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Main Navigation

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Your menu is the primary way people will navigate your site. It includes the main menu links in the header and secondary links in the sidebar.

The sites are built to use one single menu tree for navigation. If desired, site managers can enable a drop-down main menu instead, allowing visitors easy access to all sections and pages from anywhere on the site. 

Menu items can be added, removed, and renamed from the Basic page menu settings. Here's how:

Add item to Main Navigation:

  1. In the administrative toolbar, hover over Structure > Menus > Main navigation, and click on Add link
  1. In the Menu link title field, add the label for the menu item (e.g. “News”).
  2. In the Link field, add “/news”. *Note: Do not include source parameters when pasting URLs into news links.
  3. Check the Enabled box so that the menu item will be visible/enabled.
  4. In the Description field, add a basic description (e.g. “News listings”)
  5. In the Parent link field, select <Main navigation>
  6. In the Menu Link Weight field, you can reorder your main menu items by clicking the icon next to each item name, and dragging and dropping to your desired order.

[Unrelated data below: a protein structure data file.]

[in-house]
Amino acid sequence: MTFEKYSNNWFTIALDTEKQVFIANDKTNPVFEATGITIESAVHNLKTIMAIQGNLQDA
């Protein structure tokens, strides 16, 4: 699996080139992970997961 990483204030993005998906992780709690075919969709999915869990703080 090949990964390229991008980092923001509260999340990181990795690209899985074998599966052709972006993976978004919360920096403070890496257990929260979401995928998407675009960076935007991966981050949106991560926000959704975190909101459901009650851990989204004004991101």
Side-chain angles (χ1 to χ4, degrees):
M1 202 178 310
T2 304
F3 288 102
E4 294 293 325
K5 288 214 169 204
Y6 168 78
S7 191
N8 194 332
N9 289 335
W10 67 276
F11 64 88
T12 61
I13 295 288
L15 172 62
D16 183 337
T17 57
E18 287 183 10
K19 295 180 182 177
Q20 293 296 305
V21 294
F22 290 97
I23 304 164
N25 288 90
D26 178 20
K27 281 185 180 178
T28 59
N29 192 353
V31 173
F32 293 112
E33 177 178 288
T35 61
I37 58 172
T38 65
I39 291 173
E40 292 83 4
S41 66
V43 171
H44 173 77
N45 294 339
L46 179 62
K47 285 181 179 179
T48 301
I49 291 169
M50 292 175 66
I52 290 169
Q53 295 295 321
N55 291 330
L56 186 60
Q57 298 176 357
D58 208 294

7. Click Save.

Add topics to the menu

Many of the content types on your site, such as news, events, people, and publications, have a list page with a Topics menu or Filter by menu. By default the pages on these menus do not display in the dropdown menus or show an active menu item. This can be remedied by adding each topic page to the main menu or appropriate submenu:

  1. Go to the page and get the URL for the topic page. It should look something like <site-name>/people/faculty
  2. Follow the directions to Add item to Main Navigation with these changes:
    1. For the Menu link title use the original topic name, i.e., Faculty
    2. For the Link field, add the URL minus the site name, i.e., /people/faculty
    3. For the Parent link field, select the appropriate parent, i.e. People

Best practices: keep the items within your main navigation specific and succinct, and use main navigation menu items to navigate to pages within the current site. If you must link to a different website, add the menu item to the secondary menu so the site will automatically display an external link arrow alerting the viewer that the link will take them off the current website. If the menu item is in the main menu, you'll need to include text that indicates it goes to a different website, e.g., "Related programs (external link)"

Read 5 Steps for Designing Modern Website Navigation to support effective communication and an optimal user experience.